Is it water? It’s so hard to tell when there’s no light. Perhaps it’s alcohol or gasoline. It certainly smells. The vapors drape their heavy tendrils around my nostrils like fish-hooked chains. Oh the cutting stench! A smell of dried vomit and stale excrement wafting from listless hours and indolent acts.

Act I: The clock keeps on tick, tick, ticking. I can’t think about the thinking when the clock keeps tick, ticking. Or thumpy, thump, thumping like a burdened train over the tracks. The tracks are disappearing over that swampy miasma. All aboard the time train! Next stop: fate.

Hey look down there! Beneath the strained struts and warped beams. There, in that bubbling potion, it’s my mind. Ah! But if it’s there then where am I? Am I not there with it in that poisonous froth? But if I know it’s there am I not here and it with me? Or does it remain, loosely connected by tenuous nerves across the void of air and darkness and time, still in that thickly pitch. Does my notice of it bring it back or is it just a self-awareness that there I am, in the moonlit waves of unknown horror, drowning. And time keeps on tick, tick, ticking and thumpy, thump, thumping over the void. And I think about thinking and thoughts and actions and mountains and valleys. Can one be there while the other is where?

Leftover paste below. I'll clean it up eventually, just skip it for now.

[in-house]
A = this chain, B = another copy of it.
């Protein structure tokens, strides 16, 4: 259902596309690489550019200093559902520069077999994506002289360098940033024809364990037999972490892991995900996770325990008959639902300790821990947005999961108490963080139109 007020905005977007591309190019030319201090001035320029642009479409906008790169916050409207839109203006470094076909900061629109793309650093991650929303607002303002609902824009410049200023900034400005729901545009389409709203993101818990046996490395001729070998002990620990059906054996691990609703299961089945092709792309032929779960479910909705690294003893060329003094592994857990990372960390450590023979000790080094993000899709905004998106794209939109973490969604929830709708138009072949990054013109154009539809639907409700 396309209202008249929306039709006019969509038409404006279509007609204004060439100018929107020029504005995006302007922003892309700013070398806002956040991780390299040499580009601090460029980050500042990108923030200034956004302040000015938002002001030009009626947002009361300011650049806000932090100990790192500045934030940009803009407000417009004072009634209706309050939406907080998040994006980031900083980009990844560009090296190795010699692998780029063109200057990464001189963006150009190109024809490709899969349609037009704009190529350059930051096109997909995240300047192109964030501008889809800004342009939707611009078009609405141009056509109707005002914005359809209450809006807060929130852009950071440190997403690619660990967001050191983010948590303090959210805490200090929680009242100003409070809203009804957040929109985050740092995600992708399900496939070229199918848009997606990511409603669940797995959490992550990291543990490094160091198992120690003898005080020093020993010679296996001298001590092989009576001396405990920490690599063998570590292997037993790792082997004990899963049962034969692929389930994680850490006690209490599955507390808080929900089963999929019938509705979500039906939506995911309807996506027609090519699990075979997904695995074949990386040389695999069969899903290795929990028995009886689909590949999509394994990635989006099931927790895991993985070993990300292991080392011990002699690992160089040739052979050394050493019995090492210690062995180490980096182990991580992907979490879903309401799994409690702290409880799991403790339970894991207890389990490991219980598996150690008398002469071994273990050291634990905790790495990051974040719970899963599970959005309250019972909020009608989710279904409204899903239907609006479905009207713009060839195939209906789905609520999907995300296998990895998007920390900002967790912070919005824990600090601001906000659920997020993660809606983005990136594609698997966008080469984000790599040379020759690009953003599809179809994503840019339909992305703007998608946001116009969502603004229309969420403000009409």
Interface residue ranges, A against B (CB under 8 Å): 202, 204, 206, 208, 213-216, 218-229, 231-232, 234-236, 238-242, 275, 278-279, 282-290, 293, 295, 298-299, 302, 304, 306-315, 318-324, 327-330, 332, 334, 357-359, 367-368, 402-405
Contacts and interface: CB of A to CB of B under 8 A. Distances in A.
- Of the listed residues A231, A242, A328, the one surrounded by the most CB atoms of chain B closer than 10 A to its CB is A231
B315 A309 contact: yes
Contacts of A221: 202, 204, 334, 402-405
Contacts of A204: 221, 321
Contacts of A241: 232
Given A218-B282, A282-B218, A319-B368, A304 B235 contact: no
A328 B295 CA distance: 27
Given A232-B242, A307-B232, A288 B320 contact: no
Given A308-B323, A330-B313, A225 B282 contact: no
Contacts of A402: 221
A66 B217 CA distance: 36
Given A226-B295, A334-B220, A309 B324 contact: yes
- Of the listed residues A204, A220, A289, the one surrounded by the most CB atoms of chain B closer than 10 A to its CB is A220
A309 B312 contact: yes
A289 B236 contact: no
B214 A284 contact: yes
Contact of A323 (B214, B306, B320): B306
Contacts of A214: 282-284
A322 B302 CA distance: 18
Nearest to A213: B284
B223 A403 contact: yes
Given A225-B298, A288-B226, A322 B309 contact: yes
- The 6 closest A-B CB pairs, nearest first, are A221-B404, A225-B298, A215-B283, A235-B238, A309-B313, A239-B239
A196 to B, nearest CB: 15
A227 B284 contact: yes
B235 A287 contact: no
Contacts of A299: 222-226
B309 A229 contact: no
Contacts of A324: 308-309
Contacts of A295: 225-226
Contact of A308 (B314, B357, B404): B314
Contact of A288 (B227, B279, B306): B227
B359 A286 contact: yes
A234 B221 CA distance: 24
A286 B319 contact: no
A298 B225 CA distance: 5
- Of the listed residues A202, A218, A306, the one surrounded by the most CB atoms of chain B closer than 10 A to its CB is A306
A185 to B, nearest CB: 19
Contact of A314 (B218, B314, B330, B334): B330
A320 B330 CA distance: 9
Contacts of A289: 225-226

Where is my mind? Way out in the water, I see it drowning while time keeps on ticking I’m thinking of thinking. That sunglow memory must have been self-delusion. You never can tell down here. When will this thinking of thinking move to thinking of acting and on to acting on thinking and then to thinking on acts. Or will I just stay in Act I while the clock keeps on tick, tick, ticks—like a buried head in my skin boring in for blood and who knows what else. Think about this while looking through a scratched and smog slimed train window:

Time, like a tick, bores.

Tuesday, November 16, 2010

A mostly incoherent rant on the state of the world and how I see it

So, I was sitting at my computer going through an interesting comic. It is an ironical cultural comic that spends most of its time making fun of/lamenting the state of the world. Check it out: Warning: It’s not always appropriate or clean and often it is immature so if you are sensitive to those things you might want to give it a pass.